The Jim Austin Computer Collection
This is an example of IBM's BlueGene/L supercomputer series. As of 2011 it is the fastest computer in the collection at 5.3Tf. (that's 5,300,000,000,000 operations per second). In 2005, when this machine was installed in Edinburgh supercomputer centre it was the 64th fastest computer in the world - amazing given its size. It probably cost about $1.3 Million.
The odd trapezoid shape is for cooling the air enters at the bottom right, and goes out top left.
The system contains 1024 processors with 2048 cores, a peak performance of 5.374 Tflops. Compared to my laptop (2011) which has 20Gflop processor - thats 268 times faster. Each processor is a PowerPC 440 700 MHz (2.8 GFlops). The machine came with almost half of the processing nodes missing (13 cards - 208 processors - 416 cores). It has not front end machine at the moment.
The Compute Node consists of two Blue Gene/L ASICs and 512 MB of Synchronous Dynamic Random Access Memory (SDRAM). Sixteen such cards plug into a node card. The total RAM memory is 0.5 Tb.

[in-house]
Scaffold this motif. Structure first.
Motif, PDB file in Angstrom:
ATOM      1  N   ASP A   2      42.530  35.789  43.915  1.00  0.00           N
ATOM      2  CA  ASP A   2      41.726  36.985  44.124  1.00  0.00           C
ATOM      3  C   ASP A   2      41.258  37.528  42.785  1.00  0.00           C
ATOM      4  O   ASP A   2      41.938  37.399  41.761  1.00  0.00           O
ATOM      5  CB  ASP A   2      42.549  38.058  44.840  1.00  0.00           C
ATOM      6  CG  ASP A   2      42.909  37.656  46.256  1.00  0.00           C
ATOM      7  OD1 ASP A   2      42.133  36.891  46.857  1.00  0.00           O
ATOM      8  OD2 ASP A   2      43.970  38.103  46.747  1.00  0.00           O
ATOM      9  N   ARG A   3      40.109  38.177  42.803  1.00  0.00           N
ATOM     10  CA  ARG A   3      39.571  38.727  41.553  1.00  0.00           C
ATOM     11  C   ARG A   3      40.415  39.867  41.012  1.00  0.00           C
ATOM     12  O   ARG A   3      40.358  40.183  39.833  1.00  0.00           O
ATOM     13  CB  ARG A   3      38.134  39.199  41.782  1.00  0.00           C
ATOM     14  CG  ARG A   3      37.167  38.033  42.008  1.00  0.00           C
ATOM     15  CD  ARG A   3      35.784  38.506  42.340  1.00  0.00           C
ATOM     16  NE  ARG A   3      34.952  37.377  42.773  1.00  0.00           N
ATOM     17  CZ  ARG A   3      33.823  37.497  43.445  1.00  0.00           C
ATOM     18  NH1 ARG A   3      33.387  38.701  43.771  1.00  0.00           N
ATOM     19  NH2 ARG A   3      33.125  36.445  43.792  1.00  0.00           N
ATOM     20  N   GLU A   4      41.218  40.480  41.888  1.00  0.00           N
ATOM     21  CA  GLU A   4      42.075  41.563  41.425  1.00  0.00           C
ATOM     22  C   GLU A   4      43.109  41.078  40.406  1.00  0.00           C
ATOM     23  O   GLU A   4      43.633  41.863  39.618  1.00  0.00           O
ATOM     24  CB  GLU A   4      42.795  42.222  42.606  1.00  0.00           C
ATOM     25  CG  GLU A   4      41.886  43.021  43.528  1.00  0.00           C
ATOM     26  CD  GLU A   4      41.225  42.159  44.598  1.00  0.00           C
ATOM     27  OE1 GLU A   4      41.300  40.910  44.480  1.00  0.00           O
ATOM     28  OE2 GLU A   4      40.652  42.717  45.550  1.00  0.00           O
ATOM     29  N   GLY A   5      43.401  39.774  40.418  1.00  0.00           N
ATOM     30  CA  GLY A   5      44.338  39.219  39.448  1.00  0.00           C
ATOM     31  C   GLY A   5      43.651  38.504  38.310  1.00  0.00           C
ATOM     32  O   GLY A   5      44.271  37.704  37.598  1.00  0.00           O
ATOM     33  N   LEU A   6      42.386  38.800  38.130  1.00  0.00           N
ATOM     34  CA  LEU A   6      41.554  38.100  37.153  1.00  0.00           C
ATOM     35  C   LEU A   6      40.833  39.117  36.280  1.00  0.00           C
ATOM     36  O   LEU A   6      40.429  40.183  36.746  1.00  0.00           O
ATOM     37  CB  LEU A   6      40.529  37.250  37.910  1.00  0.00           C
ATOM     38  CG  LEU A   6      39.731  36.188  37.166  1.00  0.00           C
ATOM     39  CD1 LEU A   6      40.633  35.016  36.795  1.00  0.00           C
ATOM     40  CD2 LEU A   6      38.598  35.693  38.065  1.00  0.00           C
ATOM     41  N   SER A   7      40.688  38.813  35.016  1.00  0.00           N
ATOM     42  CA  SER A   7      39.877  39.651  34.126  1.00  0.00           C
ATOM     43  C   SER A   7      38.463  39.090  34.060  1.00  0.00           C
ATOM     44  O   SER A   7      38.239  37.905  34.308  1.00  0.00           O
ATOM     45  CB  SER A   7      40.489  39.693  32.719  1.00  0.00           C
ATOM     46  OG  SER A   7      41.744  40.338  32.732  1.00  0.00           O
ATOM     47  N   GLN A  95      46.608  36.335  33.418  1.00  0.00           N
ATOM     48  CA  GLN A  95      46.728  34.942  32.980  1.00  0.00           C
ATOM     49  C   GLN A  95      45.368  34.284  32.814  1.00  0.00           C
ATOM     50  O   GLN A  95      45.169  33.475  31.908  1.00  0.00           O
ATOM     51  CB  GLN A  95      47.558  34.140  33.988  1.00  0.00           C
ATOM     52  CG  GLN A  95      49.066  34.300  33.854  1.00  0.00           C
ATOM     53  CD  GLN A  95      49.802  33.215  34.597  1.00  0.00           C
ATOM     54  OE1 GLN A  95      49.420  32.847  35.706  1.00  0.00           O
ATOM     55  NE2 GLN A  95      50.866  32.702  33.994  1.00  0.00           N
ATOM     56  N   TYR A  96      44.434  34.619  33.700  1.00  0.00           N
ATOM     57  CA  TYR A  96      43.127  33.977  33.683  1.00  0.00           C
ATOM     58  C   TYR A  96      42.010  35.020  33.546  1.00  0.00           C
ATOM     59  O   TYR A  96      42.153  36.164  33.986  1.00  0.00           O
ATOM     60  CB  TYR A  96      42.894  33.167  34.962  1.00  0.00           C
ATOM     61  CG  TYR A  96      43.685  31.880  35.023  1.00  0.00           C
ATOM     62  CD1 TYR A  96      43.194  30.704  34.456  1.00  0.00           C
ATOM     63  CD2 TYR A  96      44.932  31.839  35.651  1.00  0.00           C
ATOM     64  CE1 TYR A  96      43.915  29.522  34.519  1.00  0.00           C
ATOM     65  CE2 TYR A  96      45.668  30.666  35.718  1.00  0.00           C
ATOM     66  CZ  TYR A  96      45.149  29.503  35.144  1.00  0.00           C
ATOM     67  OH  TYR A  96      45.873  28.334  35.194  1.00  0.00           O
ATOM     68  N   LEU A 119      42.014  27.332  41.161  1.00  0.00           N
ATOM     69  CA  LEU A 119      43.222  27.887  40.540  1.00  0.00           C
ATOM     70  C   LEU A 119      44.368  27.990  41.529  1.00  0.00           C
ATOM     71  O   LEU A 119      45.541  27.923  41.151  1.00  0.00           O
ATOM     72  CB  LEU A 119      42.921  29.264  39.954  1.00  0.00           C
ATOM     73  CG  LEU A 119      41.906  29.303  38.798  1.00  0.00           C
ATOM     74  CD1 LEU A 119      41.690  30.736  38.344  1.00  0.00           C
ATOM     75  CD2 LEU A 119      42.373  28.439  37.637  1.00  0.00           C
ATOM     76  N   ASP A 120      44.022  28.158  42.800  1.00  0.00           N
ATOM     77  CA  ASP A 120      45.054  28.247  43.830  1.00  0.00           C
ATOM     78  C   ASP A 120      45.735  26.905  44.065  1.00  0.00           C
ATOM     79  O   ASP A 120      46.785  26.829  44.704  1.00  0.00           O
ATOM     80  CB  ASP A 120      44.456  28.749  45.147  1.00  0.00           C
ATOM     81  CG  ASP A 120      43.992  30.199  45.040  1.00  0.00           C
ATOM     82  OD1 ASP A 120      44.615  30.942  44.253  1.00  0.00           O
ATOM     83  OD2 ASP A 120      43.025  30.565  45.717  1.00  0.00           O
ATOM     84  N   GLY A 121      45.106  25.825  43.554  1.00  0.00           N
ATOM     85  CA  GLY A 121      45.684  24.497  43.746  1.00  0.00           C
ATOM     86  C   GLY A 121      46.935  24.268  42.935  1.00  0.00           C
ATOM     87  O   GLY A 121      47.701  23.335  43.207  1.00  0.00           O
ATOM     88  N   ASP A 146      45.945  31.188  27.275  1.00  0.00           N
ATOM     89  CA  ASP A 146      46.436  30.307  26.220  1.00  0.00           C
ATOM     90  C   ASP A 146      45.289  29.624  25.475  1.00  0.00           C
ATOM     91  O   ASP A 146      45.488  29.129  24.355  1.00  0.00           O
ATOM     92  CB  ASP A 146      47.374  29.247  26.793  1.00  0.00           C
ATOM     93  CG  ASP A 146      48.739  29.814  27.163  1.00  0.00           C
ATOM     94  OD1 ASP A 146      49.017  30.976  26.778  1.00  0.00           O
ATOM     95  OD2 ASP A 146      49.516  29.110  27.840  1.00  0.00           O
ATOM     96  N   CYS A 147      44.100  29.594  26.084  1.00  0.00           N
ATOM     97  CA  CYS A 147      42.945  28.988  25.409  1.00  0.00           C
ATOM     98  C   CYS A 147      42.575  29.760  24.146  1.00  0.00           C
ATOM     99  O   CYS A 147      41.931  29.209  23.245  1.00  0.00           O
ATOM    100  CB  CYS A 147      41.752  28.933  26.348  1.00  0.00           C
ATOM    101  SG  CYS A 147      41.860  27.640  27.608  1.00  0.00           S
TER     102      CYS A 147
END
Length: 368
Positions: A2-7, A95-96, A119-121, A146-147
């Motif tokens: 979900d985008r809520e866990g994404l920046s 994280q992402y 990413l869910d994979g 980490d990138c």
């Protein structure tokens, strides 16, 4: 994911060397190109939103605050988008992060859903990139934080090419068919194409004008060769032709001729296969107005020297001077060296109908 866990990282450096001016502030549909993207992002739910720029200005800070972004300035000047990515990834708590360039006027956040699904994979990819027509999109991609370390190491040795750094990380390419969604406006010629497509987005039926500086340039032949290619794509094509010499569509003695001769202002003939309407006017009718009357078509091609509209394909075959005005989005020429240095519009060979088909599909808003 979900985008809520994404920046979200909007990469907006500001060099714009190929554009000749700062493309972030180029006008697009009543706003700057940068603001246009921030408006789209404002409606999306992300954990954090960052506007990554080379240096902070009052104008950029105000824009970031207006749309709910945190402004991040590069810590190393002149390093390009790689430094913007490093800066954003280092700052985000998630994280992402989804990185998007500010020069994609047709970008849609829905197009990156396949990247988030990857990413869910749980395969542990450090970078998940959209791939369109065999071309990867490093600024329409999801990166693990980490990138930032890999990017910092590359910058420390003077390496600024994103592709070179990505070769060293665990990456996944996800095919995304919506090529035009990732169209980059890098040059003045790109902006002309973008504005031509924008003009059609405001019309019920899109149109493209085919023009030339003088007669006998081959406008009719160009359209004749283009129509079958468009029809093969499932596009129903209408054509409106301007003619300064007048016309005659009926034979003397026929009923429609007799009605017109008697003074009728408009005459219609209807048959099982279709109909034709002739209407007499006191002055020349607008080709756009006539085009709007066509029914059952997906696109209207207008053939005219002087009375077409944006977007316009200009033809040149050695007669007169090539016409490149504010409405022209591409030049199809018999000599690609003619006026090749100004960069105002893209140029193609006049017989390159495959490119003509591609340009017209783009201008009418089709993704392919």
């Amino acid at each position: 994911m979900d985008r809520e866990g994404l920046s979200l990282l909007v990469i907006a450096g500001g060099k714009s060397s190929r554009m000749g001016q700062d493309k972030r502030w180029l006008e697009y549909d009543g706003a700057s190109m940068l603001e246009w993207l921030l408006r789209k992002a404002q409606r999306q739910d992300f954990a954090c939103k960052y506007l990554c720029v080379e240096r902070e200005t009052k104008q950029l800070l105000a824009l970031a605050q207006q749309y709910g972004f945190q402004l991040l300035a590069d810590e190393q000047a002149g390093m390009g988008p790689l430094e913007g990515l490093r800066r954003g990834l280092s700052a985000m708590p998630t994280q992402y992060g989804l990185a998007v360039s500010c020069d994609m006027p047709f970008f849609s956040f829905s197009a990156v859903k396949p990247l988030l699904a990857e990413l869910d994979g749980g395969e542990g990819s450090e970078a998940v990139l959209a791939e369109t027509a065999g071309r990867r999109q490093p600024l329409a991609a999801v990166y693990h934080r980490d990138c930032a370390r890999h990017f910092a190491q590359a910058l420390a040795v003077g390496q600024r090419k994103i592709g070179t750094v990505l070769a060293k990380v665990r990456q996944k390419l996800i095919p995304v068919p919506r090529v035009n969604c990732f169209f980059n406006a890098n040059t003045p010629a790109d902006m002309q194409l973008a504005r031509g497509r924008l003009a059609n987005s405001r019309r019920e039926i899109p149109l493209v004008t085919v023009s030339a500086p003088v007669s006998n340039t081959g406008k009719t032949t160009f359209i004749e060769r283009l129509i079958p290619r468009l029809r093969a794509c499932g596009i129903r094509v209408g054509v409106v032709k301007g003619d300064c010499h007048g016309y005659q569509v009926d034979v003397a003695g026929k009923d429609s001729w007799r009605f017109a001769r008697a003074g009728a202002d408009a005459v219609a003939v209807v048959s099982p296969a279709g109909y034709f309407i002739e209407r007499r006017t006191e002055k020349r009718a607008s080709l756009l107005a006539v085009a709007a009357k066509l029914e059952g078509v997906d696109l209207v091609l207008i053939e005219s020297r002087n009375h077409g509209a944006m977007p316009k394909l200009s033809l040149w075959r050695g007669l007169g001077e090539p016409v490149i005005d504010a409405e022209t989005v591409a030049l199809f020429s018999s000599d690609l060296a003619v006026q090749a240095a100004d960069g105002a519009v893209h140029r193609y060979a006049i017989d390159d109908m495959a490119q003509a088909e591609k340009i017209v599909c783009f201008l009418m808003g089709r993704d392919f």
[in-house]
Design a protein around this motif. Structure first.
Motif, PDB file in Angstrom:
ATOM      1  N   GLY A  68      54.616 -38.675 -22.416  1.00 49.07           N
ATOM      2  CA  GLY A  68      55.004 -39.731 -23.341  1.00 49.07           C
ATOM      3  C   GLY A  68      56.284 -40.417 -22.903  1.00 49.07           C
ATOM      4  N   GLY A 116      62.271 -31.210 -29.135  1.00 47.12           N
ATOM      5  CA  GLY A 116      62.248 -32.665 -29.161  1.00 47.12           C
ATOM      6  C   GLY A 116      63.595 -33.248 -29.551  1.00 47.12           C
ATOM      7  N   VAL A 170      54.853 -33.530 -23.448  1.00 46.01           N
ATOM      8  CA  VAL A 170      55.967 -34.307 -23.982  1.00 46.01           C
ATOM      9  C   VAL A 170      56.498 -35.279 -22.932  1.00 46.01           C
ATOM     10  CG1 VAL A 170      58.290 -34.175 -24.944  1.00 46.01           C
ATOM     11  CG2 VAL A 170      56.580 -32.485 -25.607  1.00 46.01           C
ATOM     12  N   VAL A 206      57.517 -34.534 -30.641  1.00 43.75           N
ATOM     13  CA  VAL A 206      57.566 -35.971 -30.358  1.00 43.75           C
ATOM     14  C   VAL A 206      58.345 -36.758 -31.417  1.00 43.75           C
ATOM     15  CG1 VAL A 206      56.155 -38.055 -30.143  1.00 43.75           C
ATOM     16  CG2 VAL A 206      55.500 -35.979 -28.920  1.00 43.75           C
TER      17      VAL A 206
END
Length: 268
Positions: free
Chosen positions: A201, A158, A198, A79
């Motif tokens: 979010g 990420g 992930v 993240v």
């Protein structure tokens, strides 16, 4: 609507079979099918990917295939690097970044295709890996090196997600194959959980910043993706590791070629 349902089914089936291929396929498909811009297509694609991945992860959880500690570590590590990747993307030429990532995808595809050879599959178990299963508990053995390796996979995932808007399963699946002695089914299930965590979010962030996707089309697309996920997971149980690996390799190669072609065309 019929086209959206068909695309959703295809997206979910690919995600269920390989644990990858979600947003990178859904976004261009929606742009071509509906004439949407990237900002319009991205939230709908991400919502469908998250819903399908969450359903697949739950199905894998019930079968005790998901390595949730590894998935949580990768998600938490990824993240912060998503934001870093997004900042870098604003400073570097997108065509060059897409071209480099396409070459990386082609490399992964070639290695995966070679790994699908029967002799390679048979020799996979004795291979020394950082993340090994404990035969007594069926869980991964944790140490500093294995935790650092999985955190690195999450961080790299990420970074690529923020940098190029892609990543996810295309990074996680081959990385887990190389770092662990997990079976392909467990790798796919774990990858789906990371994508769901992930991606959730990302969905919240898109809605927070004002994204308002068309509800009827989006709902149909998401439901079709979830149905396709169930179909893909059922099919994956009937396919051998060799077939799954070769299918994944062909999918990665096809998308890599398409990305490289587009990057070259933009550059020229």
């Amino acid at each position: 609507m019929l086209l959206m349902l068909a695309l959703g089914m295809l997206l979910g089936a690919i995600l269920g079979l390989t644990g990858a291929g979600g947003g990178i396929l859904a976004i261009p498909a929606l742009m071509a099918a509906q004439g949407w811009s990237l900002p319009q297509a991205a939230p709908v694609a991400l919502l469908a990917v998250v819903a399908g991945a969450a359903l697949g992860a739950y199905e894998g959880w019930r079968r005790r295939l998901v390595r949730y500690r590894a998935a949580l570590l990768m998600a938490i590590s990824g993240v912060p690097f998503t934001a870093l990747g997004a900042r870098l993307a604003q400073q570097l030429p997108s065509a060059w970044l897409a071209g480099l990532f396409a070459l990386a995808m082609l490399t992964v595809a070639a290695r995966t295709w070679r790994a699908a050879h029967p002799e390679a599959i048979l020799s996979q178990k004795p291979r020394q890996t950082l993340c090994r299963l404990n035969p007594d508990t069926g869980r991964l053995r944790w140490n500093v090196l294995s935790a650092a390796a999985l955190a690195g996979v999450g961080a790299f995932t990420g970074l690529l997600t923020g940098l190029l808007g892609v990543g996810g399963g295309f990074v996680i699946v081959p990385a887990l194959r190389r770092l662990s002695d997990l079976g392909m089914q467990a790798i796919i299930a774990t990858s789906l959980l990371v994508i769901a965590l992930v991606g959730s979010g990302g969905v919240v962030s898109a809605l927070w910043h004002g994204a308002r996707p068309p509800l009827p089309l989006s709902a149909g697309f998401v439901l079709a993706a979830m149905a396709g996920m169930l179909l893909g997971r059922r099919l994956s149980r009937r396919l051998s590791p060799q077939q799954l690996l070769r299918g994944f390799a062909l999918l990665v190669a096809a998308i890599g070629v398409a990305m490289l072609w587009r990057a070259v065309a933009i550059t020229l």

|This shows the construction of the air flow chambers on either side.||The rack from side||The node boards|
|Close up of the processors in the rack|
|16 Processors on a card (each has a pair of chips)||Close up of the 16 compute units on a node|
|Cooling!||The side showing the missing cards|
The Blue Gene/L compute cabinet is based on the commercially available 40U (101.6 cm x 4.445 cm (40 x 1.75 inches)), 48.26 cm (19 inches) wide racks. It is custom designed to accommodate two midplane assemblies and the horizontal left-to-right airflow required to air cool the ~25 kW of a fully loaded 1024 compute processor rack. It takes 100A three phase US spec. power.
The machine its self has no disks, it looks like a file system to a front end processor.